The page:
13. Meghan says:

    that guy up there ^^
    yeah, Jamie,
    he saved my life (:

    I well definatly watch.
    TWLOHA is an amazing organization and without it, I wouldn’t be here today.

  14. Paul says:

    I think a lot of people are under the impression that this movement is geared towards young teenage girls, but that is not true at all. I am a 28 year old man who has struggled with these very issues for years, and I believe in this organization. I believe in these things. Hope is faith holding out its hand in the dark of the night.

    TWLOHA brings it to the surface, and people are reaching for it. The response has been amazing, and humbling – even to someone like me.

    The hardest people to reach are the young people. But, somehow, this movement has done just that.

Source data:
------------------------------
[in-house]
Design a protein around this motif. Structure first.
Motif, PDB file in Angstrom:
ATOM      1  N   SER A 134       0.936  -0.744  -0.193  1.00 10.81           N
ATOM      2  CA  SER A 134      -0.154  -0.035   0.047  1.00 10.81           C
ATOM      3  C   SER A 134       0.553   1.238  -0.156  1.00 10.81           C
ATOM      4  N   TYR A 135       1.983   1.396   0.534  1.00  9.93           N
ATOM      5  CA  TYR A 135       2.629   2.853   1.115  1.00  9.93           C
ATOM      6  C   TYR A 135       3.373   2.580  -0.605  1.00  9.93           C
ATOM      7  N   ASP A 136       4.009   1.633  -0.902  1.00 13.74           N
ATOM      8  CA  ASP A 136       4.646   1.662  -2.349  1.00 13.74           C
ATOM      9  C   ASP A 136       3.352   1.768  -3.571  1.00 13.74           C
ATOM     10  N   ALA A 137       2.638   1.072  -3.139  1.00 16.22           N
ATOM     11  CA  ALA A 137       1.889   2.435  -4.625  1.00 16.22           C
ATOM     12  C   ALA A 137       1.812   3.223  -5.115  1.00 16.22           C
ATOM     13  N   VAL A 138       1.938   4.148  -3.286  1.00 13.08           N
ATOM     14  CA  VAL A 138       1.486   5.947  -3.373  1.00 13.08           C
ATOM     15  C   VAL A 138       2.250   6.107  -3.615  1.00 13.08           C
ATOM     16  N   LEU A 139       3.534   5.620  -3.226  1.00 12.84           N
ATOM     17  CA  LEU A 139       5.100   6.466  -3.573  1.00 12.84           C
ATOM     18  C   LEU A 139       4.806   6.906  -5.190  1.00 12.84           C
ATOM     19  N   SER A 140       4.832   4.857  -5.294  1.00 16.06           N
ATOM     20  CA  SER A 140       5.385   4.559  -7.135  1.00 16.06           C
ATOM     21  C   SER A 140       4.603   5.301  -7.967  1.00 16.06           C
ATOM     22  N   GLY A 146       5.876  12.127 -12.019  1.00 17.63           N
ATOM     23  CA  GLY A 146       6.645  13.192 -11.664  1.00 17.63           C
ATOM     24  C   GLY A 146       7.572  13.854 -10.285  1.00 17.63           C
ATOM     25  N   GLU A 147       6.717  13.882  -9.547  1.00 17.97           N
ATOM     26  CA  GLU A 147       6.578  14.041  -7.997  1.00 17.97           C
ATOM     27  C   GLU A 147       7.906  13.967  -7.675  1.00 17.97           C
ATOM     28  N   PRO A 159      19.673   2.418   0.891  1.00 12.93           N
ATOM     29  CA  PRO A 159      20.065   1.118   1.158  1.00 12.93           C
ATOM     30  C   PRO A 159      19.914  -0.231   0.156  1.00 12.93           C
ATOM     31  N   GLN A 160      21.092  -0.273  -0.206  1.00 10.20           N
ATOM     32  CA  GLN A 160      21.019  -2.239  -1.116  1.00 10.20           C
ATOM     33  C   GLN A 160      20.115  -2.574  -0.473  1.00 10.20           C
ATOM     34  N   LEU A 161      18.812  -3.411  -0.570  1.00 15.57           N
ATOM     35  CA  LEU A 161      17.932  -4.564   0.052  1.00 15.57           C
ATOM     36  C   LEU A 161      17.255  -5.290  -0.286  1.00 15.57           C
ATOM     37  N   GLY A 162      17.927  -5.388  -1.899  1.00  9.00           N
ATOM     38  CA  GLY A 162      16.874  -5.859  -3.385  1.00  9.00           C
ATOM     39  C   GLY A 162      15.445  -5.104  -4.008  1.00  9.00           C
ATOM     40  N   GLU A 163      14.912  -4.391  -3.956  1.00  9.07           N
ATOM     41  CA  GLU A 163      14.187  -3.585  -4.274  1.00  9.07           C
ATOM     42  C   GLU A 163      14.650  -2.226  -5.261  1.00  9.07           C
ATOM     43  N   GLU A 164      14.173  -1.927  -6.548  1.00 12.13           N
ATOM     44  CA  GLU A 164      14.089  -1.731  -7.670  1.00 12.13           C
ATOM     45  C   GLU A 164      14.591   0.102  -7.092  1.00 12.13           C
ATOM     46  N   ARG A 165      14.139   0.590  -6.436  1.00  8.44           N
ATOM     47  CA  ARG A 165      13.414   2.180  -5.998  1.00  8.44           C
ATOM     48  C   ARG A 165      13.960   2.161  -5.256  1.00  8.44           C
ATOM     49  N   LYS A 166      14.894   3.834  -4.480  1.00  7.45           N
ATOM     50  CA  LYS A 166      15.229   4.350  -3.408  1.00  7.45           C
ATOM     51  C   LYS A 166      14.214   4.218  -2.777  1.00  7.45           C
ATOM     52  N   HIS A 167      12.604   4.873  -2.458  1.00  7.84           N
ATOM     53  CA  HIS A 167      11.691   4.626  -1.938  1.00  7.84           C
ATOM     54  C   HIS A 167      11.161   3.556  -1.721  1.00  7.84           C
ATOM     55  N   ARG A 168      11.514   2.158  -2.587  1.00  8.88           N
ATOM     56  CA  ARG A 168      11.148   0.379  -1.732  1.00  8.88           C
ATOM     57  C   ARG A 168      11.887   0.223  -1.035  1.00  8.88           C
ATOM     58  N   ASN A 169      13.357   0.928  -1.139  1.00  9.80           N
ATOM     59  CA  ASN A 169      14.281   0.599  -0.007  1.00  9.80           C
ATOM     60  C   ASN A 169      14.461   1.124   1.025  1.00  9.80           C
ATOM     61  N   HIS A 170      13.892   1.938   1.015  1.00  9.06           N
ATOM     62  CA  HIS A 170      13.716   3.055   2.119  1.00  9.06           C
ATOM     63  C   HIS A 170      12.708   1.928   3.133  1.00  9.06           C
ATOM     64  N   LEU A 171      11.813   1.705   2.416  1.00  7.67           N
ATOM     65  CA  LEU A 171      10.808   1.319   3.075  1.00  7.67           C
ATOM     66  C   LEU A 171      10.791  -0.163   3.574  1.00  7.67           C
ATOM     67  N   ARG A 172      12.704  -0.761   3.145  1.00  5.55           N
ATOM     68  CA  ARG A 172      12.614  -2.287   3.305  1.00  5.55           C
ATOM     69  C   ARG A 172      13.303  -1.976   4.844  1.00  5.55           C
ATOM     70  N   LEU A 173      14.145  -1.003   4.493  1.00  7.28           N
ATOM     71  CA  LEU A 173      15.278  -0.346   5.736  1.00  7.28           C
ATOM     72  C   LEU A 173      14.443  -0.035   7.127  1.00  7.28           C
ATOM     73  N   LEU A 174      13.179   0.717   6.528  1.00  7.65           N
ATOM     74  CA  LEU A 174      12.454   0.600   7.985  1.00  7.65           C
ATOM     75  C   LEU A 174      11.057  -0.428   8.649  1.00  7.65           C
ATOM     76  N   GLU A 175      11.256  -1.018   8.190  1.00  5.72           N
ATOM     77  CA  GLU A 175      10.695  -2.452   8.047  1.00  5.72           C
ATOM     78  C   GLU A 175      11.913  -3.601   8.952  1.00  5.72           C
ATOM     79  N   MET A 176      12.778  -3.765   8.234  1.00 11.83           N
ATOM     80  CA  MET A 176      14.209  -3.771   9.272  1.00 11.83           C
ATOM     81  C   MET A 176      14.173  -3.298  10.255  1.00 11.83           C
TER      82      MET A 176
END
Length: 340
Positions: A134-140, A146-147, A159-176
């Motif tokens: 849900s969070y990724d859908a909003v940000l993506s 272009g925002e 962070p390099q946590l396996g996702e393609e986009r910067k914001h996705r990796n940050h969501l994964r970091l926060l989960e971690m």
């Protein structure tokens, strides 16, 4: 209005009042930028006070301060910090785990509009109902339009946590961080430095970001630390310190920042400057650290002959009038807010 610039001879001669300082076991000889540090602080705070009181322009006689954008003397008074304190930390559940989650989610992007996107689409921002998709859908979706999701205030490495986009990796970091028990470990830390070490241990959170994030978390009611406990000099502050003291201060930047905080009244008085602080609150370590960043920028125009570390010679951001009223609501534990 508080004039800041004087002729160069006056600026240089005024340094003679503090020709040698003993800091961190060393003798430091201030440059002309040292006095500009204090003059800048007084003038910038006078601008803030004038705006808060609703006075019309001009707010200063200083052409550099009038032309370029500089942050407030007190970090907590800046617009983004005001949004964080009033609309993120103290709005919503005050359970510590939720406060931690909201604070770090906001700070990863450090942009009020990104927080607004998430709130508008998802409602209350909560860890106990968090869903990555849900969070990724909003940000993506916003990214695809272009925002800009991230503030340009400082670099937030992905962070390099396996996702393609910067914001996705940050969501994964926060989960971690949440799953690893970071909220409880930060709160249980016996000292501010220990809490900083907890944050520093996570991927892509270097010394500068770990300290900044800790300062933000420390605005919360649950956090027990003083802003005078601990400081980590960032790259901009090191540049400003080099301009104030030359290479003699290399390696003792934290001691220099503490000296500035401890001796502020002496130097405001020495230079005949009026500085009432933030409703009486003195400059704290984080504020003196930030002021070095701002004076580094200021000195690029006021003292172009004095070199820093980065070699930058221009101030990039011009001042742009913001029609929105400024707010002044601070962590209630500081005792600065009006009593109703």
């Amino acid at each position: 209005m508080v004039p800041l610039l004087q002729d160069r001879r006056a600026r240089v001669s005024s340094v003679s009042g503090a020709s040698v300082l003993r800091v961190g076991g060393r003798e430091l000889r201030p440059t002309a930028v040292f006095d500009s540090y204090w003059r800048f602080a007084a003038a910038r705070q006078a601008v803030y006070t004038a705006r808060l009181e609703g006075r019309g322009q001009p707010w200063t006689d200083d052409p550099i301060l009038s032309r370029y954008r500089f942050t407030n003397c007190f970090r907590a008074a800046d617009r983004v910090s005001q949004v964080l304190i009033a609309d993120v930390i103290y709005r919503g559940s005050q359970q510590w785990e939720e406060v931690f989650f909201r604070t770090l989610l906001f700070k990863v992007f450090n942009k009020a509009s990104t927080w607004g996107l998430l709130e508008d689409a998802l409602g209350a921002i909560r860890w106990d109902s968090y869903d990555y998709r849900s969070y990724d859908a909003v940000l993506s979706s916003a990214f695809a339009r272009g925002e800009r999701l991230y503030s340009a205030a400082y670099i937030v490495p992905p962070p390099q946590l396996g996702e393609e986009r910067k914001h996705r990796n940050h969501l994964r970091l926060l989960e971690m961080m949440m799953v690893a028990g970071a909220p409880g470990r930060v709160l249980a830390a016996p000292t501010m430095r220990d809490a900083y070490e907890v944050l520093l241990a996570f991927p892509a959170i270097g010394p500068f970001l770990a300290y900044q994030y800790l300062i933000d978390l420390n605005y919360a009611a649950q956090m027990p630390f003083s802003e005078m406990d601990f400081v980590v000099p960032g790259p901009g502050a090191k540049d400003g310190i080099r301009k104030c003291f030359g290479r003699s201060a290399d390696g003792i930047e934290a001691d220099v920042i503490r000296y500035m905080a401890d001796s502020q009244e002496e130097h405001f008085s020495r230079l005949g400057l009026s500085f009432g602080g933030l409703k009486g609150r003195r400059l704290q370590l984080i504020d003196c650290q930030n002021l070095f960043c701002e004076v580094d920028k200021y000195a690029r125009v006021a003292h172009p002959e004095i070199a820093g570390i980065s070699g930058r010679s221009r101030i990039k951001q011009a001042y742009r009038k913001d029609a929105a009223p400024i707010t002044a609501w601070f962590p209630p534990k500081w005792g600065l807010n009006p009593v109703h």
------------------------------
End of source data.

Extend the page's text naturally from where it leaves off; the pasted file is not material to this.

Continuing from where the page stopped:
15. Jason says:

    I was a cutter but stopped long before TWLOHA was started. I remember the empty feeling and anger I had while I was injuring myself. I remember being so embarrassed and feeling like no one would understand.

    Jamie and his friends (me included) are making sure that this topic is not ignored or overlooked in a day where most of the american populus is only concerned with what directly effects them.

    the breath of fresh air is that the guy sacrificed his job security to take on a bigger call. All of us whom havew been healed should do our part to assist.

  16. kayla says:

    Well we need to love others.And I love anybody who loves me.

  17. kayla says:

    Jason what is TWLOHA? Is it something political?

  18. Lauren says:

    You’ve saved so many peoples lives, and made them think things through and see that they are loved, including me, what advice would you give some one who wanted to tell they parents they self harm, and get help?


    coming to the UK anytime soon? >< xx

  19. kayla says:

    he is a great guy

  20. Sophie says: